However in October 2010 German Chancellor Angela Merkel gave a talk in which “She said the so-called ‘multikulti’ concept – where people would ‘live side-by-side’ happily – did not work, and immigrants needed to do more to integrate”.

The news report states that “A recent survey suggested more than 30% of people believed the country was ‘overrun by foreigners'”. Merkel however it was reported made clear that immigrants were welcome in Germany but added that “We should not be a country either which gives the impression to the outside world that those who don’t speak German immediately or who were not raised speaking German are not welcome here.” This is however often a criticism of immigrants when entering any foreign country be it in Europe or North America. Part of this comes down to a rabid relativism, which has bred a distinct form of political correctness, that says to expect others to speak the same language as the majority of the country is somehow oppressing the immigrants culture. Yet this “logic” has gone unchecked for too long and needs to be sternly corrected.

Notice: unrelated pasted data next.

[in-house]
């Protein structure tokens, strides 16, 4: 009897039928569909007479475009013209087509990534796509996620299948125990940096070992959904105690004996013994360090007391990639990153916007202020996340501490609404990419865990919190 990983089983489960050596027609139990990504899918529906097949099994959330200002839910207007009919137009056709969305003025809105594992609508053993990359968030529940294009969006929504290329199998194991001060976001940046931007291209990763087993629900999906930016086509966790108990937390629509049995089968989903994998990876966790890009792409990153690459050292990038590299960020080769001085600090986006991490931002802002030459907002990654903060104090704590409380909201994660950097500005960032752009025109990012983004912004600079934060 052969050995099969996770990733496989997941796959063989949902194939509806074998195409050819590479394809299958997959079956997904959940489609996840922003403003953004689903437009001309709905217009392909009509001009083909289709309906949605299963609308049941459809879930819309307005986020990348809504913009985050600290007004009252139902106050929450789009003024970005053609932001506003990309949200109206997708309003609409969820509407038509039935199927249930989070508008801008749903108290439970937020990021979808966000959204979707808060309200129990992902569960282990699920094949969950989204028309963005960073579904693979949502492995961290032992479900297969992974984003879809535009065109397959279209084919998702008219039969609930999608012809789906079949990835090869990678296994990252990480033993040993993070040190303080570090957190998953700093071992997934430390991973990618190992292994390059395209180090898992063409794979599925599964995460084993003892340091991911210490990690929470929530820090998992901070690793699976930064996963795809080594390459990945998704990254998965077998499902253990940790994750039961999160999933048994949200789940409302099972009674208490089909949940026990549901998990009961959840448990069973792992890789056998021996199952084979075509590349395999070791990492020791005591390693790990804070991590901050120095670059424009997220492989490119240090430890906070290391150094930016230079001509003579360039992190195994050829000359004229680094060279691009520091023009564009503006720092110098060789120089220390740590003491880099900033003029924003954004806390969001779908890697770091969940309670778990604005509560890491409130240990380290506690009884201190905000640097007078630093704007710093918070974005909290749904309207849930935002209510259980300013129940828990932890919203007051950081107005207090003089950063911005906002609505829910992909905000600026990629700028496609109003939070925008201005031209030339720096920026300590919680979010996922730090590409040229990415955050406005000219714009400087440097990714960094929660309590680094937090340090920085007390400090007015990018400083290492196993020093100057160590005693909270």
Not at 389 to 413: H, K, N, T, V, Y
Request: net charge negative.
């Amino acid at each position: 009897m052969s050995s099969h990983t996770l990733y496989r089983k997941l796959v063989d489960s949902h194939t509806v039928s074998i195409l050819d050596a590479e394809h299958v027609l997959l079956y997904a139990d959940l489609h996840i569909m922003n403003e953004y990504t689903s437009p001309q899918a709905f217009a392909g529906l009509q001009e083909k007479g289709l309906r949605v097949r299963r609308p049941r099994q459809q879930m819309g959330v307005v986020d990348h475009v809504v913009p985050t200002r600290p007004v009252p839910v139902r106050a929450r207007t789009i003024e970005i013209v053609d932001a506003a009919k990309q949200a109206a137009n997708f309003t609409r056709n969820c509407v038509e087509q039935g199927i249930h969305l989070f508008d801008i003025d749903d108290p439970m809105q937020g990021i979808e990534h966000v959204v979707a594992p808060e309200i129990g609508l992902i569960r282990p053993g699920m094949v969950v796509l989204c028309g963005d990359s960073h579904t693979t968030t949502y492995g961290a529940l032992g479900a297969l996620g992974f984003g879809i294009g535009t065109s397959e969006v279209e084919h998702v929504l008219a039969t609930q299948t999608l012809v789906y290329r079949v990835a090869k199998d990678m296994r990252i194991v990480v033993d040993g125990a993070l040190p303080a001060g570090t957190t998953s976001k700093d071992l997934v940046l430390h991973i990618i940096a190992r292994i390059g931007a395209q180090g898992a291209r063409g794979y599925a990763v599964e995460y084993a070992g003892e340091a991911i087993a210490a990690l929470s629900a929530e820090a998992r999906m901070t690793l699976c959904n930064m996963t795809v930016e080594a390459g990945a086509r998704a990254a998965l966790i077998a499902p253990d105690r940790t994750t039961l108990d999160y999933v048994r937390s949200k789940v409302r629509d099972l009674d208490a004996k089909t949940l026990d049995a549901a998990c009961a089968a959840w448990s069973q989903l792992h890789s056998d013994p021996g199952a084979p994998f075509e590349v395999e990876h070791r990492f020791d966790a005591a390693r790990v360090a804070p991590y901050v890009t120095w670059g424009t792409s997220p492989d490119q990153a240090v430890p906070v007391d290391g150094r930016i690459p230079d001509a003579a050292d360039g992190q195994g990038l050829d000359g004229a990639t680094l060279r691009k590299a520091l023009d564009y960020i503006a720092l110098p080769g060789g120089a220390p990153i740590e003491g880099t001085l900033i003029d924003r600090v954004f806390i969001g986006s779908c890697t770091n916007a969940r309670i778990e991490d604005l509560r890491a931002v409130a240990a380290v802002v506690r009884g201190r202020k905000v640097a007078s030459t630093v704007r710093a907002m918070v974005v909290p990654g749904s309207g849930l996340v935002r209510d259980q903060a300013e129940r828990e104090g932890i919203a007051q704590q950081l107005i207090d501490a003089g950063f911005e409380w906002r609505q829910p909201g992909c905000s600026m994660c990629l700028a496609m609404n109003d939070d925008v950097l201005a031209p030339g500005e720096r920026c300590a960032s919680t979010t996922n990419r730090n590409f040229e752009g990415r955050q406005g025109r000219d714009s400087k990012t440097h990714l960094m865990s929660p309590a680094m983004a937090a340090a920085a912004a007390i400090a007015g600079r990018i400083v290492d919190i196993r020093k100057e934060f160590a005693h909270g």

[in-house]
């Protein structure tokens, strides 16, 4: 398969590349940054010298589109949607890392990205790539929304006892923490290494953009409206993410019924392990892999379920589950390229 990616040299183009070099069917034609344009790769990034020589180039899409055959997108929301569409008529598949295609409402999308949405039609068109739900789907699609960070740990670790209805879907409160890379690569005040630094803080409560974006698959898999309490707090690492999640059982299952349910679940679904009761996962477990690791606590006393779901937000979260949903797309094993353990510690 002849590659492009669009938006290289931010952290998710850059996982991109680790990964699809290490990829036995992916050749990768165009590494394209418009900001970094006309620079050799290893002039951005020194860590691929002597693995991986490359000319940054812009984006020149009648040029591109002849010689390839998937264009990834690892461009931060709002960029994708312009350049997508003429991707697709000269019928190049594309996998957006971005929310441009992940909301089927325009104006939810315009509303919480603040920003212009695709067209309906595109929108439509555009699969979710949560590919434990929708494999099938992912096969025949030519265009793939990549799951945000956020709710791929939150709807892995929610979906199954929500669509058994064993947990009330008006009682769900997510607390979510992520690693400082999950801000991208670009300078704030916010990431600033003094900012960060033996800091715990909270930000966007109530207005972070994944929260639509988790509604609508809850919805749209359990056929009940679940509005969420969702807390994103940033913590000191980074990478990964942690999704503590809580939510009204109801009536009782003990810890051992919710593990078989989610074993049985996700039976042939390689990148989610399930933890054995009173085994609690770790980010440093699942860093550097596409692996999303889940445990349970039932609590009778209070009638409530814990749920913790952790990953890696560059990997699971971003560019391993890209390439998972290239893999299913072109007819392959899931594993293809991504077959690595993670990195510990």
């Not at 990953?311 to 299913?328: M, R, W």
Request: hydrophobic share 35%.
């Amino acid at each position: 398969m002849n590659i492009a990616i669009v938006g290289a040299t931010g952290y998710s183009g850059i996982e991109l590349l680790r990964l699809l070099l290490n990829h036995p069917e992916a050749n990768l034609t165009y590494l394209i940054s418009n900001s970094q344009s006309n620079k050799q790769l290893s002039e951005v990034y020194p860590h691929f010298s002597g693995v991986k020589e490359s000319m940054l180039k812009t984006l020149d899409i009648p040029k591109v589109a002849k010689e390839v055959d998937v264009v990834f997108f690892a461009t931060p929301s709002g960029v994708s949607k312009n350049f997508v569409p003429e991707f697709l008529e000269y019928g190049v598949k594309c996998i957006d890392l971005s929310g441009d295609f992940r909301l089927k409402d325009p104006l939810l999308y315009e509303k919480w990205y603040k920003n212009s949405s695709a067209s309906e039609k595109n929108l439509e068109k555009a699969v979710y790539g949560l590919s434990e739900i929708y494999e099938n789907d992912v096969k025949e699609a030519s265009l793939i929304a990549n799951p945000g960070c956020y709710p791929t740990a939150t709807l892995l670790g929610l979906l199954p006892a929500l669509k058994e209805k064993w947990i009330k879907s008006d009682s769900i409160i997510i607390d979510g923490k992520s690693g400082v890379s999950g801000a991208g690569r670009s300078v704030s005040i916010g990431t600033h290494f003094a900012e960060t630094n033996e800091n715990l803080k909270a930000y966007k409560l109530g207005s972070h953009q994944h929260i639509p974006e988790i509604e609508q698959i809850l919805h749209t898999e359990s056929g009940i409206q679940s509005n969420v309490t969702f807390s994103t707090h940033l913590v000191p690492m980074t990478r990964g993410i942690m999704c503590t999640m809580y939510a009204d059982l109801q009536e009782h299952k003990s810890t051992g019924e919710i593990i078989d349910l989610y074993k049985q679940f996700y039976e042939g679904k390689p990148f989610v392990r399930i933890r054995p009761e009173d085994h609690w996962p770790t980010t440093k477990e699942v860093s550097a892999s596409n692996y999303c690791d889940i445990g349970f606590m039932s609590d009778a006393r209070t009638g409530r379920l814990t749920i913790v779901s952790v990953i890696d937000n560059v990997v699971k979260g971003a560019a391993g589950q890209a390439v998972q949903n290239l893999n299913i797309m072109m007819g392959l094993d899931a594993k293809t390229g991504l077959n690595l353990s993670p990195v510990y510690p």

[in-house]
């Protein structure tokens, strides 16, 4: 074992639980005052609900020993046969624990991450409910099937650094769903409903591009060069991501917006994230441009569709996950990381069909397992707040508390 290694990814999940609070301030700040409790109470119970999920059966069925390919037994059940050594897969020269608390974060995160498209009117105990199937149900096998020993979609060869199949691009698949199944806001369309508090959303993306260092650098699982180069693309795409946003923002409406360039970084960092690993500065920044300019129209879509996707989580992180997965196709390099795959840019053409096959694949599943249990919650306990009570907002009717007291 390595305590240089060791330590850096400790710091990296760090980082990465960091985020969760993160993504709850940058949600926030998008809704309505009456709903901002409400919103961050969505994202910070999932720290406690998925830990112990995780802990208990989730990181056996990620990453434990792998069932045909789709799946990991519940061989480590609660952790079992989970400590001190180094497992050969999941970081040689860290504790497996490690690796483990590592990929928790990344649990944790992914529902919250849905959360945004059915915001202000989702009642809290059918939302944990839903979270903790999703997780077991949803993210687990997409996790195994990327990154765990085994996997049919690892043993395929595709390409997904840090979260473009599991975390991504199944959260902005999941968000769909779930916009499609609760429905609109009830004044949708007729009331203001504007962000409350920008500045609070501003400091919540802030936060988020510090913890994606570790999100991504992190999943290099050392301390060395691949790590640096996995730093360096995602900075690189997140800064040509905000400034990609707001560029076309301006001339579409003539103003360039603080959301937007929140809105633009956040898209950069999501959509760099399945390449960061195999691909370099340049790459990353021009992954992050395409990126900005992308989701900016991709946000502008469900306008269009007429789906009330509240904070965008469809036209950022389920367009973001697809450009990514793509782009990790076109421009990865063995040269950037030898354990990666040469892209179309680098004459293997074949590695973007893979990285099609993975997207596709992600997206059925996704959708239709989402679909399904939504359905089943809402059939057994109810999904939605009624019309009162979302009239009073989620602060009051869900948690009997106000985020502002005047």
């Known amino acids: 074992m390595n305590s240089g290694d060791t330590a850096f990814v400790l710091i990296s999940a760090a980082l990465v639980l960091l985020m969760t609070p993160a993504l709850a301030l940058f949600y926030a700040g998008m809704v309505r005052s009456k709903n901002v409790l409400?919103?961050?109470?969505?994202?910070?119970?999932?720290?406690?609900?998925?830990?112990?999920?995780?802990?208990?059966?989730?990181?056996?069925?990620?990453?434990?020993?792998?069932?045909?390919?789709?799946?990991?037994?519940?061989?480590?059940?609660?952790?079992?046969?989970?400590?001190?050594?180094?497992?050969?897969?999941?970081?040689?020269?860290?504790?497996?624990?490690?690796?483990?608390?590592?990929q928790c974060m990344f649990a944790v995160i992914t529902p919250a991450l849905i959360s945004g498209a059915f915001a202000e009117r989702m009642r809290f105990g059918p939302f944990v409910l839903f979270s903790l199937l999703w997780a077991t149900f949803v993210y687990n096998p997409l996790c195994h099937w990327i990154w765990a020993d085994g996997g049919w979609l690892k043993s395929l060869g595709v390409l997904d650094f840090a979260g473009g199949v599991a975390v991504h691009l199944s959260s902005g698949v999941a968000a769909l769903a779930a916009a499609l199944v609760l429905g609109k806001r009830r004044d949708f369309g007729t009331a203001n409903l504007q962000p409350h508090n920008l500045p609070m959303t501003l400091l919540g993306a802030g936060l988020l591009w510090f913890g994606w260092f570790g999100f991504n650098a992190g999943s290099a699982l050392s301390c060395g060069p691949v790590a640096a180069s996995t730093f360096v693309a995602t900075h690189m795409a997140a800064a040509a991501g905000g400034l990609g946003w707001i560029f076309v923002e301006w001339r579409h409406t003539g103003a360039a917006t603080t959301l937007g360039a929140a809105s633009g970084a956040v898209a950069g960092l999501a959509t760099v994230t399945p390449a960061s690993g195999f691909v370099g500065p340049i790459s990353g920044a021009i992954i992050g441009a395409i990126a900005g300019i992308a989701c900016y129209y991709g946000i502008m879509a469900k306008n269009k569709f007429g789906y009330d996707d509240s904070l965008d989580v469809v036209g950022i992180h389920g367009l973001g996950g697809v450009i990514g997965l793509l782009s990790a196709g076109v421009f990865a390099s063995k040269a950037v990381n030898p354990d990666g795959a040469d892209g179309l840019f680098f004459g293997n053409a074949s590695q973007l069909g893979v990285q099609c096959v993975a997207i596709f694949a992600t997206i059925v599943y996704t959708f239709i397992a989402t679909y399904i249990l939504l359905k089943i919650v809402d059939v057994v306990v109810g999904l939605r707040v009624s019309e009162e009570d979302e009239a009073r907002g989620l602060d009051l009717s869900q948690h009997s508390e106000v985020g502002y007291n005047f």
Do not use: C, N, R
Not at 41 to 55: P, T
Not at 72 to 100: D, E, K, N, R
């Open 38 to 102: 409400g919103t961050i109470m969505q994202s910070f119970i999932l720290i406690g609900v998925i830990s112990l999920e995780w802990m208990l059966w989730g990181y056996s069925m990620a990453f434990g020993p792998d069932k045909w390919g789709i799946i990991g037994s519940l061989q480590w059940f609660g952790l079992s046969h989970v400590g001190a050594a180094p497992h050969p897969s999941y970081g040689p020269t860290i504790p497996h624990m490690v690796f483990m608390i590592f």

Following on the path trod by Chancellor Merkel, David Cameron, UK Prime Minister said only weeks ago that “state multiculturalism” has failed. What is clear however is that the leaders here have not rejected multiculturalism per se, merely its excessively pc current format. As it was reported thatCameron said that there “would be greater scrutiny of some Muslim groups which get public money but do little to tackle extremism”. Cameron said that “we need a lot less of the passive tolerance of recent years and much more active, muscular liberalism”. Surely muscular liberalism is an oxymoron, except when its referring to neoliberalism that can tear the world’s economy apart.